I take Jimmi's point about some sizes being more common, and in all fairness 1/16" chisels are not that common. That said, I bought a 1 1/2" Sorby off Ebay a couple of weeks ago for £8-50 including postage, and I was the only bidder IIRC. I think the reason was that it had a beech handle and a steel ferrule, but both (and the blade) are sound and very clean. It needs a regrind and the back flattening, but you'd expect to do that on any secondhand chisel, however fancy.

I suppose it comes down to bidding against collectors - they want something rare and fancy to look at, I want a good working tool. If I have to pay more than about half of new price for a secondhand, I won't bother with the secondhand one. Buy new and get the guarantee as well - with the added advantage that it keeps some high-end toolmakers and specialist retailers in business, which in the end is to the benefit of all of us.
 

jimi43

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I totally agree about keeping toolmakers in business...particularly British ones...but I personally don't have any problem buying a QS T10 steel just because it happens to be Chinese. In fact T10 steel is probably the only modern steel used in edge tools that has impressed me...A2 I wouldn't give bench room to. :mrgreen:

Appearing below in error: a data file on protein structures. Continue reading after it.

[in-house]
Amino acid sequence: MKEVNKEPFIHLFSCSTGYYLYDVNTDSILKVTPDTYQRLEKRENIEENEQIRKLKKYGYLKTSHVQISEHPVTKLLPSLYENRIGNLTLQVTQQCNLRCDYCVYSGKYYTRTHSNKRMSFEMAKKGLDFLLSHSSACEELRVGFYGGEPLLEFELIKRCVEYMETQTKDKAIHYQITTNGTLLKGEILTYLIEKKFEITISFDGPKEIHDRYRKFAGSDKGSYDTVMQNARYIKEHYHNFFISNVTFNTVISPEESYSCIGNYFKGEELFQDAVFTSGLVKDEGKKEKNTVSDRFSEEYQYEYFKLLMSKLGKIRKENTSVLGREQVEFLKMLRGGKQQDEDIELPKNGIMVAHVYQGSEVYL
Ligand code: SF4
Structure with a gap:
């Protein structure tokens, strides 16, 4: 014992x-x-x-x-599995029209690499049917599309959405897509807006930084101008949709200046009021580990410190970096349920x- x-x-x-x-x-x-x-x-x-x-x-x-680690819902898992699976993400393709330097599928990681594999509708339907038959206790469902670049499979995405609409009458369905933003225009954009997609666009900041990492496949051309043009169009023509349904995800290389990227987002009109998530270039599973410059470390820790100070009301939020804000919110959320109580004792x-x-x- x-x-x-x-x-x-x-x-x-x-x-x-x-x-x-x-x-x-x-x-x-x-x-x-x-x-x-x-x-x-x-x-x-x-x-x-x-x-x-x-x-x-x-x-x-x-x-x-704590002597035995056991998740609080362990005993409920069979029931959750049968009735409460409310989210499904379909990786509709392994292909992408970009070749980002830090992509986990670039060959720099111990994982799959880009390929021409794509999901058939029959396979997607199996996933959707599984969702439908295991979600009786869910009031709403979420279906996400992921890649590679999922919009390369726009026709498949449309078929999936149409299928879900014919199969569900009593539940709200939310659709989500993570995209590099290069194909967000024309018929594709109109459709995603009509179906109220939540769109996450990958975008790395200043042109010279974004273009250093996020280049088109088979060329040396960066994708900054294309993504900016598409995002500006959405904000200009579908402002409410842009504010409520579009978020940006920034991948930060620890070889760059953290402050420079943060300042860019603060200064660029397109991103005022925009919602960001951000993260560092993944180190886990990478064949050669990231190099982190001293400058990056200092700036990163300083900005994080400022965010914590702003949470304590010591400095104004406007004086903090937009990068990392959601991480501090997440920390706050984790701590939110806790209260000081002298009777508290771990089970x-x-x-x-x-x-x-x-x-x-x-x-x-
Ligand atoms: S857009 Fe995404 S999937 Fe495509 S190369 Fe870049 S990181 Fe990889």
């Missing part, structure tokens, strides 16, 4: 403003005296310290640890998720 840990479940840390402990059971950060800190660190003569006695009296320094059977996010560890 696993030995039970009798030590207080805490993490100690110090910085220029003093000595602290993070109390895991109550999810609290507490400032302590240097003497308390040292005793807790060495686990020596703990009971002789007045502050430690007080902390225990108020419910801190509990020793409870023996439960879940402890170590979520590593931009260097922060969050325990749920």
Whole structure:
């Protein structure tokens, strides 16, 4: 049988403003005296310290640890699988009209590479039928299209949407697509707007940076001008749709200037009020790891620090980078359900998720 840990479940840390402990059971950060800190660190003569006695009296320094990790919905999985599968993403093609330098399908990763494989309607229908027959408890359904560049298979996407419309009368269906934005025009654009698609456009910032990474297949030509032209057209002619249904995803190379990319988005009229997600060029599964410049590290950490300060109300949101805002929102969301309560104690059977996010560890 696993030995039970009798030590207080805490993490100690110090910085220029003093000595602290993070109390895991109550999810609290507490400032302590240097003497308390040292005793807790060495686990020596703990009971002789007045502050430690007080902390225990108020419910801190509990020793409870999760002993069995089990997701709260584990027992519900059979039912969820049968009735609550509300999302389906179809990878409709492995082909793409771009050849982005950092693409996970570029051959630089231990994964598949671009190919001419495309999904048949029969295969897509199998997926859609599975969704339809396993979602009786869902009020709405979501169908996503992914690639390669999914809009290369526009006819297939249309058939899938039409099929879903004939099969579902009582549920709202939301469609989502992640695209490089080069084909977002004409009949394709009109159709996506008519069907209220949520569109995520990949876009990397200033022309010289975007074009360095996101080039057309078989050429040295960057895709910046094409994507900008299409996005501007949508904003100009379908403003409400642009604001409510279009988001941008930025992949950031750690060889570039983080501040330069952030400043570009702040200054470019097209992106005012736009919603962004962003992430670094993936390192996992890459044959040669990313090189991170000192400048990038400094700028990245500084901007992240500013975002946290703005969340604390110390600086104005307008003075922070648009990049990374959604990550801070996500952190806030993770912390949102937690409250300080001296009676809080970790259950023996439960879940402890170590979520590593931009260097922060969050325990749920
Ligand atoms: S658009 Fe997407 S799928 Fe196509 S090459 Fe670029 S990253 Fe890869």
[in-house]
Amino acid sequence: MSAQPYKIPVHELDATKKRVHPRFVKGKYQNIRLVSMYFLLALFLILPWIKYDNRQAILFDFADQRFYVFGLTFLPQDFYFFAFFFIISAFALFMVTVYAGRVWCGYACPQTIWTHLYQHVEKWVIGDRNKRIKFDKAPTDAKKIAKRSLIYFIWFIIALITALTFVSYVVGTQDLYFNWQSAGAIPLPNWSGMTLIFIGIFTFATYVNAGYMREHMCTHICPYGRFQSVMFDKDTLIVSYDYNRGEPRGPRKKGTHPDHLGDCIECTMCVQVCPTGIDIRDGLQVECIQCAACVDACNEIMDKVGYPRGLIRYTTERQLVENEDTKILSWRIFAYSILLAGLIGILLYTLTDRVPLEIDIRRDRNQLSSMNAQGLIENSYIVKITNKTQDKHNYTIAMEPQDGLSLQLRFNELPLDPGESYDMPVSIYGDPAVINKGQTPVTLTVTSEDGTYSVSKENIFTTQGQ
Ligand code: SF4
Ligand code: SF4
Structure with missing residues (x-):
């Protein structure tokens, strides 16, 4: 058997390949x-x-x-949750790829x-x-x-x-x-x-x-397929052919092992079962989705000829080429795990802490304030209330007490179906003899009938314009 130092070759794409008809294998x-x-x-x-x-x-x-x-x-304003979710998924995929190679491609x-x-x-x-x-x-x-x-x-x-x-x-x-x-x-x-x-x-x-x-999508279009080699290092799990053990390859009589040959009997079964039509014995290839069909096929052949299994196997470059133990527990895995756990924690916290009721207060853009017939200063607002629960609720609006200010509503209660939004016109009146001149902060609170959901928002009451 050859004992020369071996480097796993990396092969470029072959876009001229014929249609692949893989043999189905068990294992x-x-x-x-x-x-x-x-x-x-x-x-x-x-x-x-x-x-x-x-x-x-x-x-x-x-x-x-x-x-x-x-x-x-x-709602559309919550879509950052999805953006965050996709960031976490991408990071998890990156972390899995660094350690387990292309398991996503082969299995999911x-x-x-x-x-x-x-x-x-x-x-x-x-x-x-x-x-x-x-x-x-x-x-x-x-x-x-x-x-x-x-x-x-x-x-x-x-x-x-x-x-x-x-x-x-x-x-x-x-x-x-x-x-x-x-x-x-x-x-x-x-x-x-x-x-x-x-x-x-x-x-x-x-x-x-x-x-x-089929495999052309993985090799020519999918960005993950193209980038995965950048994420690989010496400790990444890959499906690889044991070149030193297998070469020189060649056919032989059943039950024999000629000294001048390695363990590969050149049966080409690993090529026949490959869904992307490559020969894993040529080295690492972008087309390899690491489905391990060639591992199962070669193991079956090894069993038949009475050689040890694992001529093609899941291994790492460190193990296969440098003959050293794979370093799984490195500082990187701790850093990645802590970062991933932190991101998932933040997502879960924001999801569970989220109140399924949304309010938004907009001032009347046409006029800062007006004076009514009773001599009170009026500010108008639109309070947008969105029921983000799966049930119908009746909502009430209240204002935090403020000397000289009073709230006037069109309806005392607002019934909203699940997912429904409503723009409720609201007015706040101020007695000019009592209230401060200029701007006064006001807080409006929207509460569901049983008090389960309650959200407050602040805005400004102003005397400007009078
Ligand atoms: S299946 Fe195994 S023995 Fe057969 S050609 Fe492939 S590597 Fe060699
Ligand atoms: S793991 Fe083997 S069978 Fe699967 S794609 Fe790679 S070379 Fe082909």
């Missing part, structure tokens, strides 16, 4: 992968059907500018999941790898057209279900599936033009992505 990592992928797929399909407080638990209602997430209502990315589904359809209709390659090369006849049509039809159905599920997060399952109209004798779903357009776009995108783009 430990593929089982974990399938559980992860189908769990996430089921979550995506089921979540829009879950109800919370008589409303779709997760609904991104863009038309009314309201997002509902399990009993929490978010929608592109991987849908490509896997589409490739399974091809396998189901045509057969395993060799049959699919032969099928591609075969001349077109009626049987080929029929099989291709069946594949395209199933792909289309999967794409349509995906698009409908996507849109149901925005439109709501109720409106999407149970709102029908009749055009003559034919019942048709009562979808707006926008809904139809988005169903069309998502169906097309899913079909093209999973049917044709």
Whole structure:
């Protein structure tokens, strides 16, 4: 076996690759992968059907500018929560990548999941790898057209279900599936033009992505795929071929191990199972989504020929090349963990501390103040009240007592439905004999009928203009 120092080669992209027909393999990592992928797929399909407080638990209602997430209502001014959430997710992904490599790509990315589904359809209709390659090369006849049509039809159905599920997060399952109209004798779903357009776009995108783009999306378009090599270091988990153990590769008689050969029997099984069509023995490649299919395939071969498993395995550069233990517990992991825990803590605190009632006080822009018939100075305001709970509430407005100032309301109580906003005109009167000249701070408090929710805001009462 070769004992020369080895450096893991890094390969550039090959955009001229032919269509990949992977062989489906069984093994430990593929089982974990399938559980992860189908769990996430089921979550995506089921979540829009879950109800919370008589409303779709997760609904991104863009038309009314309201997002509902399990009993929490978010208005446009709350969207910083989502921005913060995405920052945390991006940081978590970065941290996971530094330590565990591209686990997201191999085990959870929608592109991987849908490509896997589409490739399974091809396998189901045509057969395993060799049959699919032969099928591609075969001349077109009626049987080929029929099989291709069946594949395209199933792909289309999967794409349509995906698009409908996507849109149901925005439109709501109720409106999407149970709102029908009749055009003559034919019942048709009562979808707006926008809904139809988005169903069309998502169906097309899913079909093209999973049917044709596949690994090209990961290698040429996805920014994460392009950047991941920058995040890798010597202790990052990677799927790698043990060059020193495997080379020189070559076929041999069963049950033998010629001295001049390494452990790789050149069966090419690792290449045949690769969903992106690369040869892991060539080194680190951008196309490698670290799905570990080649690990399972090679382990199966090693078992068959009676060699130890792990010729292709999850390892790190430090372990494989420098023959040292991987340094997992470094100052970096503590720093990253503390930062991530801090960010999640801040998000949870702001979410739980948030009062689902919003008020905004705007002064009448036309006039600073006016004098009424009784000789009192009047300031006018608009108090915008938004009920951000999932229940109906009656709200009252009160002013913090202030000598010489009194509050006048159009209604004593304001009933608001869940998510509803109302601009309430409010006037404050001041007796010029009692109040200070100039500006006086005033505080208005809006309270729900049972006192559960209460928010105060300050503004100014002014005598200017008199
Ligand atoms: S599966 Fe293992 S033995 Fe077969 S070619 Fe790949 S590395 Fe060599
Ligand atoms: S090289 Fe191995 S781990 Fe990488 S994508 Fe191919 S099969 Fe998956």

From a metallurgical standpoint...everything points to modern steel being "better" than old cast crucible steel. However, in use I like the old steels and frankly...the older the better. The edge longevity may be nowhere near as good but a quick touch on a hone and it is restored. (Lord...I sound like Jacob! :oops: )